So if someone as a beginner comes down to your class, what can they expect?
Well they are gonna get a kicking (We laugh, he’s joking, I almost choke laughing), well they might at some point (laughs again)(please do not let this put you in fear, he is alluding more to the hardcore style of training than beating innocent, random strangers……I’m pretty sure anyway! J ).
Well its interesting because I’m a teacher by trade so I have a very nurturing side, so they will get pushed hard right from the very start, and endorphins kick in and if doing grappling they can be in close proximity to people which they might not be used to so they either take it or don’t and those that take it tend to stay.
Then it becomes addictive doesn’t it.
A little bit of pain is quite nice (we share a knowing giggle).
You’ve said that your students don’t need to compete but you have had some success with students who have taken that path?
So Neil “Goliath” Grove (hope that’s right) fought in Cage Rage about 10 years ago he was the British World champion.
Was that a UFC style championship?
It was but a British based one. It was great as they didn’t really like karate and he went in and within about 10 seconds he knocked out their lead guy at the time, and we had a few others as well. And of recent times a few other guys have enter Kyokushin knock down competitions (a more traditional event) its full contact to the body, legs to the head. But no full punches to the head. One did really well getting Gold in Heavy weight and one got gold in Middle weight, so if they want to compete I wouldn’t say no to it, it is a great testing ground. It’s also good to be able to say we came out tops from it.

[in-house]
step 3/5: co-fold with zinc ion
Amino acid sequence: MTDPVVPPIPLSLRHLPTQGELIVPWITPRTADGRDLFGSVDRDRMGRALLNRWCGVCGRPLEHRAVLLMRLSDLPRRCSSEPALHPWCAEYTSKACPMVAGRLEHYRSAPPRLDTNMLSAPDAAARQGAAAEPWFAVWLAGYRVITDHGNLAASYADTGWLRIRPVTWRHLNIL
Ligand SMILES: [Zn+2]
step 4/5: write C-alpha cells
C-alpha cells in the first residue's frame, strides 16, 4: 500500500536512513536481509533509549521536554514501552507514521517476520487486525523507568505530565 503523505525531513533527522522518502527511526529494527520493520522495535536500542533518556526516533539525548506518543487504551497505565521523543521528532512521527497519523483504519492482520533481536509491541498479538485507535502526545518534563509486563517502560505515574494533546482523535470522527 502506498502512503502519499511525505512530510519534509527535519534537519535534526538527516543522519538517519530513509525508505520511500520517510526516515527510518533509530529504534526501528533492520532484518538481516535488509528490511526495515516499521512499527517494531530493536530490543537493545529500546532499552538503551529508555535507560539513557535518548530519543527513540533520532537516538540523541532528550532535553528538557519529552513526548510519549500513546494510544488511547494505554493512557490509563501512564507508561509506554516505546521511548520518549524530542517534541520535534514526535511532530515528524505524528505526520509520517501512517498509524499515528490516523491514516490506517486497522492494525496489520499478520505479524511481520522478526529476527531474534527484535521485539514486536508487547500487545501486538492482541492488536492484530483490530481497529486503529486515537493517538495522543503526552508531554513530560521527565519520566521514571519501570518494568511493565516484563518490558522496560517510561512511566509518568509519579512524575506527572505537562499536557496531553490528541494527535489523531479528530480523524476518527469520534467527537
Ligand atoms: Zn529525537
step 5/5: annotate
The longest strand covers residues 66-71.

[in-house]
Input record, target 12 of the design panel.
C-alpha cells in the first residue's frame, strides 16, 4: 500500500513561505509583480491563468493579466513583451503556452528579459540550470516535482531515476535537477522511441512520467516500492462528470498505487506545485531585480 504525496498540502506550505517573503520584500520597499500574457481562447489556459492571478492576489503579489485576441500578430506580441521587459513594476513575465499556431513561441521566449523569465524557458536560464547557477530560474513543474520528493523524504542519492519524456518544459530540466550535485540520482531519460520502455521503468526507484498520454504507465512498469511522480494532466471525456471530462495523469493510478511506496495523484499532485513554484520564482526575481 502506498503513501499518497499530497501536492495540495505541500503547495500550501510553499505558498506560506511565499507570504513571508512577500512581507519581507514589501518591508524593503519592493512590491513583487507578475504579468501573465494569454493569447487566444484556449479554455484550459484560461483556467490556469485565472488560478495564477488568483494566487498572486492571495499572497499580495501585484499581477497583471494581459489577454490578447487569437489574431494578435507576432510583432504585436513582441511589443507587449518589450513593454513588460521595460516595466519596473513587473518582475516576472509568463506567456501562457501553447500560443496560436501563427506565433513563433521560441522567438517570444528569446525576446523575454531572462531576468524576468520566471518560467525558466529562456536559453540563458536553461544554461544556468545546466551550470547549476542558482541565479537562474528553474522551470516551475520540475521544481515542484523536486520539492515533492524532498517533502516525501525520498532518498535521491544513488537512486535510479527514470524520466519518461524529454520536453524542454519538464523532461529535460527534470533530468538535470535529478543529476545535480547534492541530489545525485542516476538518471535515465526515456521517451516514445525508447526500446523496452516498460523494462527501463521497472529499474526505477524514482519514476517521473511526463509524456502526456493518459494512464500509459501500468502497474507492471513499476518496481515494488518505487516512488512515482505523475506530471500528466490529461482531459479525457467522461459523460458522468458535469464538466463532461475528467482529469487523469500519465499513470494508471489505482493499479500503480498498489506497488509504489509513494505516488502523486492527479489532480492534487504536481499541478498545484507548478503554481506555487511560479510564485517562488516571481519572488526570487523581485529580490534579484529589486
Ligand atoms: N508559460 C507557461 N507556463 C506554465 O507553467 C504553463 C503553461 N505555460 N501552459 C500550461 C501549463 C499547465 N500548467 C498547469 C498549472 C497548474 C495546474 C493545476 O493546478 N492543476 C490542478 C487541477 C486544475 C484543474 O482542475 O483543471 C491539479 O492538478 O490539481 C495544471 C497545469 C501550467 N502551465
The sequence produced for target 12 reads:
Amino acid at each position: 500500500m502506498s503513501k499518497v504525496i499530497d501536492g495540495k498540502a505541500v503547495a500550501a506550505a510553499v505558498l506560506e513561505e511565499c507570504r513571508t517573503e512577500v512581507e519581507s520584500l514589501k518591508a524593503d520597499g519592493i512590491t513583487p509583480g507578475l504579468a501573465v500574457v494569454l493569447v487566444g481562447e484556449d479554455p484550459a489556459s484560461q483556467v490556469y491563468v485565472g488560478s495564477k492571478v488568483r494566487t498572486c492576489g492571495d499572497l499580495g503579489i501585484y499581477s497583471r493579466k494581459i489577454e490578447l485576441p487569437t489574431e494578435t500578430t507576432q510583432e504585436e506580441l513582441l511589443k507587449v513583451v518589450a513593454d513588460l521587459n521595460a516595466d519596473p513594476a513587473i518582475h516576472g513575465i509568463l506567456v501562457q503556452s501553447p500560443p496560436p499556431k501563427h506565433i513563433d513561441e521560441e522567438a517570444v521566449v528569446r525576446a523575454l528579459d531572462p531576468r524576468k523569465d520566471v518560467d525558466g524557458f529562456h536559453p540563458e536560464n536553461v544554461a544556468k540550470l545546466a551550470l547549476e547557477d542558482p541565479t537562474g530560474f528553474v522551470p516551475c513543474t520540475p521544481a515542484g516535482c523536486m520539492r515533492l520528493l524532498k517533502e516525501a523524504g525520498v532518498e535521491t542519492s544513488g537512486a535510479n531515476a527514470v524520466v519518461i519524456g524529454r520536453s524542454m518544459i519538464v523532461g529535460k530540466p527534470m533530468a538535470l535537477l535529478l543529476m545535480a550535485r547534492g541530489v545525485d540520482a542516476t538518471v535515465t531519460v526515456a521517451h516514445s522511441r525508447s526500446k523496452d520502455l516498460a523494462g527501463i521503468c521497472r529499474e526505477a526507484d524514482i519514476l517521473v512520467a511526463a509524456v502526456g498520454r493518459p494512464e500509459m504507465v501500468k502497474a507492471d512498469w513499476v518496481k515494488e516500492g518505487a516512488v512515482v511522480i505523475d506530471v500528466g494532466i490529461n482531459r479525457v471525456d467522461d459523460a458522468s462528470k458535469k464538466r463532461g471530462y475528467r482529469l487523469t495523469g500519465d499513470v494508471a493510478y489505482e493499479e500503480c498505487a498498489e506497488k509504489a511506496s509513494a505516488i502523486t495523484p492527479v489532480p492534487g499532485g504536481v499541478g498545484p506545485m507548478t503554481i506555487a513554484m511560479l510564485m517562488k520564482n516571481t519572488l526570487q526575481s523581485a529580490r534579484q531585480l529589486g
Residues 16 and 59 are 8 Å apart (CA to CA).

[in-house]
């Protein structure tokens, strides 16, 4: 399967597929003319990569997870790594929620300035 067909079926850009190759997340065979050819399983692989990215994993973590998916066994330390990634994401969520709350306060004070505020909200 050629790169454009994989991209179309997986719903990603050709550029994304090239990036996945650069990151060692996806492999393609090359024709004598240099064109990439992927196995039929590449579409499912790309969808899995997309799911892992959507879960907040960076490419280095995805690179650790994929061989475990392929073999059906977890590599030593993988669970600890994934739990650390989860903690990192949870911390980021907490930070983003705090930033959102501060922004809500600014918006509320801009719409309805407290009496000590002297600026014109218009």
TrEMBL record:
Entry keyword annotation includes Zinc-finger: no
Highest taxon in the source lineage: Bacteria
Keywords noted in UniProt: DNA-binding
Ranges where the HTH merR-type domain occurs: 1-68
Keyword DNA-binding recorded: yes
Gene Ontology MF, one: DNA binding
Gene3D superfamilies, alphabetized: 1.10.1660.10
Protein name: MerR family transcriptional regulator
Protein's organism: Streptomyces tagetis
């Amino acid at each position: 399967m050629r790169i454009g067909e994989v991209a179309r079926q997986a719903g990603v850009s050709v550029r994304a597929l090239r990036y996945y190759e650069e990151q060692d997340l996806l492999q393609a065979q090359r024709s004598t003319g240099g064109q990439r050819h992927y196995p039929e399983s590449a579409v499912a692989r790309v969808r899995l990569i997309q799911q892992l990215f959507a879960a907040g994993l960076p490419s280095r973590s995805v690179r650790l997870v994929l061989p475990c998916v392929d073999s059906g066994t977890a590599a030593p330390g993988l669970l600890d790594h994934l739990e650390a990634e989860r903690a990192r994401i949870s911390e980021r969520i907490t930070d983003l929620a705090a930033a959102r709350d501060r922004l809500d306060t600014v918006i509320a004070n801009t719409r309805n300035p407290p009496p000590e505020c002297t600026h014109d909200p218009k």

From what I saw tonight there is a lot of sparring, grappling and pad work is that a normal lesson scenario?
So its taken me a long time to get to where I was, understanding karate, thinking that Kata (the forms) is So crucial and everything comes out of those katas, the sparring, the pad work, the sweating, all of that is within that kata.
The old adage Practice makes perfect.
Yes, You’ve got pad work, the mechanics for each kata so we do a lot of sparring and pad work in the classes but they are all joined up and follow a line it all flows as you progress, which some clubs do but not all of them.
We discussed stages earlier, was it four stages?
Yes, so Gavin (the other head instructor) wrote a book “Four Shades of black” from beginner to black belt and about understanding kata. So, first kata the applications aren’t overly important but they are there, it’s all about down the line smash and destroy.
Second Kata is about smash and destroy down the line but open hand techniques but then coming off line and angles of attack. Defending and pulling someone off balance.
Thrid Kata is about all that but now someone has got their hands on you so its all about smashing and tearing or tearing them.
The Fourth kata incorporates all that and then trap and battle which is then grappling either standing up or on the ground.
Do the different style influences affect or change in that progression?
They all allude to them really and each alludes to the next kata, so come the fourth or fifth kata you get a little bit more of the crane influences within them really.
As a kid I always thought karate was quite solid but you seem to have a good hard and soft training mix within this style, is that something that makes you different from other Karate styles?
I think some systems are unaware, some have lost it and it also depends on the instructor. I want to keep this as a complete system the best I can, I try not to miss anything. The Go and the Ju actually come from the Sanchin in the kata (the breathing) soft side. It’s a good blend.
You mentioned Sanchin briefly there, I believe you are writing a book on that, how’s it going?